My hens aren't pretty anymore! :((

Discussion in 'Chicken Behaviors and Egglaying' started by Dutchess, Feb 19, 2013.

  1. Dutchess

    Dutchess Chillin' With My Peeps

    I have a flock 7 of chickens, 2 Barred Rock hens, 4 Rhode Island Reds and one Lakenvelder Rooster. They are all the same age and came in the same group in April 2012 from the hatchery.
    This is my first flock with a rooster, the only reason I have this one is it was a “free exotic breed” sent with the other chicks. He’s a very pretty bird!
    I am one to enjoy seeing my hens happy, fat and healthy looking, but this time it’s not the case. This rooster seems to be doing a number on my hens. I thought that because he was a bantam and they were full size, he wouldn’t “mark” them up as bad as others I’ve seen, being about the same size as they are.
    The only visible problem is the feathers around their tail are down to the “fluffy” feathers and almost bald, and their head around the comb (actually in back of the comb). Is this a common occurrence when you have a rooster with the hens? Could it be parasites? It does seem to be localized around the tail and head, not the vent. BTW~
    His feathers are fine! Actually very beautiful! LOL
     
  2. hennotrooster

    hennotrooster Chillin' With My Peeps

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    When we had our roo our two hens looked the same the feathers around the comb were pecked at. The hens will also peck at that area. Good luck.
     
  3. 1muttsfan

    1muttsfan Overrun With Chickens

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    Those are the signs of a rooster doing his duty. Trimming his toenails will help with the feather loss on the back and prevent him from scratching them up. The baldness on the heads is from him holding on to those feathers to keep his balance.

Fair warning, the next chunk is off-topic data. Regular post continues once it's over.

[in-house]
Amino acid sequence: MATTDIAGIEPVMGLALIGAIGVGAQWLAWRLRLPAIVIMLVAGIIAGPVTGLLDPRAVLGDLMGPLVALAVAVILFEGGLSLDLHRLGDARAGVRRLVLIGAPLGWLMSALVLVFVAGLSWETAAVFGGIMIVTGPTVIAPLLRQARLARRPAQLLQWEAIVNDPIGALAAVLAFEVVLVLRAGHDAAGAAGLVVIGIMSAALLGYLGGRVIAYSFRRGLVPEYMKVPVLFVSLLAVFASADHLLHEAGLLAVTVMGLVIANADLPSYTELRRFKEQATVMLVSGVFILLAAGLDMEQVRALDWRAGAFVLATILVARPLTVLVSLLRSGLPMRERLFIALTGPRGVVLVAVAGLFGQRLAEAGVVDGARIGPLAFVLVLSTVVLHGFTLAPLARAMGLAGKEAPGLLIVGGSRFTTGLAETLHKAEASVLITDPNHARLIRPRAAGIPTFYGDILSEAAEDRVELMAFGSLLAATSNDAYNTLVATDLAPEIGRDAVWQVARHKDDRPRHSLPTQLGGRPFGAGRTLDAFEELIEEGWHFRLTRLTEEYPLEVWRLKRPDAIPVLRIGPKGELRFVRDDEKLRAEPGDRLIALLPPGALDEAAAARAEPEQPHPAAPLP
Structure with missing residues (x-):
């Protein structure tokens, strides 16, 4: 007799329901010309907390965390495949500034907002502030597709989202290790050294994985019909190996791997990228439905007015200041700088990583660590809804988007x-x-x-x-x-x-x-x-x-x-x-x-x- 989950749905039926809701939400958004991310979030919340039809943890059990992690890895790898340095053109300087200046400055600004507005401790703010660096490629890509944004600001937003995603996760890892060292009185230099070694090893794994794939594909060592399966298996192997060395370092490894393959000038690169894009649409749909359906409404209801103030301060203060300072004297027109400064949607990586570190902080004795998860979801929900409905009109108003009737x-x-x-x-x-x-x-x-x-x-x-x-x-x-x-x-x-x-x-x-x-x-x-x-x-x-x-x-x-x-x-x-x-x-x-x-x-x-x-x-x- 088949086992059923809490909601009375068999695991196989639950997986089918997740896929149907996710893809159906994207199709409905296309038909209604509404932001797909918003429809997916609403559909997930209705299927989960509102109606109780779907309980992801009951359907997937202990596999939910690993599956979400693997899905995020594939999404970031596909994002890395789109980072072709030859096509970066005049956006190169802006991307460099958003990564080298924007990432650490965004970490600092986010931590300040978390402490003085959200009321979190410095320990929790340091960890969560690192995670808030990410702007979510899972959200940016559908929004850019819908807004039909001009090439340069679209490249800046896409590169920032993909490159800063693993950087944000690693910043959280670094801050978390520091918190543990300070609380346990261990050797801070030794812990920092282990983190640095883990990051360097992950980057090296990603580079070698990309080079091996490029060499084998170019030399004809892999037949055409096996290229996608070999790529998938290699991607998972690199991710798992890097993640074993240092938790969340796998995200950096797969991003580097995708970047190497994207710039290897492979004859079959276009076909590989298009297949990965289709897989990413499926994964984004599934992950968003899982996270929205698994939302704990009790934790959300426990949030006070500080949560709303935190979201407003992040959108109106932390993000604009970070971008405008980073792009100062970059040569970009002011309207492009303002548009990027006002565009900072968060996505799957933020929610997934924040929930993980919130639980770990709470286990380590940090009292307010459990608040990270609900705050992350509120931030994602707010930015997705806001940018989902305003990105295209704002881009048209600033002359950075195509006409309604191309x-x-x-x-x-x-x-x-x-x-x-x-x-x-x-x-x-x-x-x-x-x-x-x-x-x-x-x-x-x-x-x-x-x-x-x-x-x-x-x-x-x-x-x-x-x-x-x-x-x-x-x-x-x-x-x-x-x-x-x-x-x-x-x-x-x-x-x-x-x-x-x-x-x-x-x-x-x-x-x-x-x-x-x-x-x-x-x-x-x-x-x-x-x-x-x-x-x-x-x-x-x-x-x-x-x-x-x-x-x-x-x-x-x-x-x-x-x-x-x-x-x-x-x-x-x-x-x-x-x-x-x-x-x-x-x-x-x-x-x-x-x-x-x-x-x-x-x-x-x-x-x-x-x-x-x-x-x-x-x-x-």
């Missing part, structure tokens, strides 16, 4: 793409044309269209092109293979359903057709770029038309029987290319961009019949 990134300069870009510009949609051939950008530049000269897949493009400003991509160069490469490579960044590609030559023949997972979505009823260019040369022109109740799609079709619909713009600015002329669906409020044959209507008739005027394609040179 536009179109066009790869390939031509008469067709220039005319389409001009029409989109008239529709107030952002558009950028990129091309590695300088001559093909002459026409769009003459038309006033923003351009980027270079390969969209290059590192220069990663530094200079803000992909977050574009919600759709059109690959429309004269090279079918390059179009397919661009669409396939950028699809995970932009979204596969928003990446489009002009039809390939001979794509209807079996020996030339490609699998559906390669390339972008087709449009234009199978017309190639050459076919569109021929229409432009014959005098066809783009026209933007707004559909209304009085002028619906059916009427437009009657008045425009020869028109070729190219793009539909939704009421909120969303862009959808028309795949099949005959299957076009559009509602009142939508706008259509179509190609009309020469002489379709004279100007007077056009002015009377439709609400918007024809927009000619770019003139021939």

4. missnu01

    missnu01 Chillin' With My Peeps

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    I have noticed that sometimes smaller roos are more aggressive with the hens. I have a huge White Rock roo that breeds regularly with a bantam sized hen, and not one feather gets out of place...He is very easy...We have a silkie rooster that jumps on the hens from above and grabs them and just hangs on it's like watching a chicken rodeo...Lol. So in my limited experience, old giant roosters are easier on hens then any small young rooster will be...But an aggressive mating rooster can cause the symptoms you are having...but so can parasites. Easy to check for the parasites though. Just grab a chicken and look at their skin...If you see any creepy crawlies then give them a dusting with Sevin dust and then repeat in 7-10 days...if after that there is still an issue, then think about keeping the rooster separated from the hens for short periods of time to allow the hens to recover a little. As he gets older he should calm down a little
     
    Last edited: Feb 19, 2013
  5. Dutchess

    Dutchess Chillin' With My Peeps

    Thank you so much for the replies. It makes sense that the feather loss is from him, but I will check for parasites for sure. I will try to separate them on occasion to give the hens a rest, hopefully as he matures he won't be so aggressive.
     
  6. coffeenutdesign

    coffeenutdesign Chillin' With My Peeps

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    My poor hens are looking a little scraggly these days, too. I have 7 hens with 1 roo. You can tell who his favorites are, poor things. He is about to get his spurs trimmed, so I might have to look into doing his toenails as well.
     
  7. PrairieChickens

    PrairieChickens Chillin' With My Peeps

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    To protect the feathers on your hens' backs, you can purchase chicken saddles. I've been very happy with the saddles I purchased from this forum member: https://www.backyardchickens.com/t/651503/hen-saddles-free-shipping/

    What you are describing is exactly what happens when a rooster is overly-amorous with a hen. We had a barred rock named Maude that was completely bald on her back by the end of the season, and most of our hens have some amount of wear. Since then, we've bought the hen saddles and removed a rooster from the equation, but it takes a long time for the feathers to grow back in--poor Maude didn't feather back out until after her molt

    Here you can see Goldie in her stylish "Butterfly" saddle. It protects her wings as well as her back, since they tend to get a bit plucked as well.
    .[​IMG]
    Three of our Easter Eggers, sporting their regular saddles.



    [​IMG]
    The red and white hen in the next few photos is Bella. You can see the damage that's been done to her feathers on her back and wings by a rooster's attentions. She had a saddle but lost it, and I haven't ordered a new one for her yet.

    [​IMG] [​IMG] [​IMG]
     
    Last edited: Feb 20, 2013
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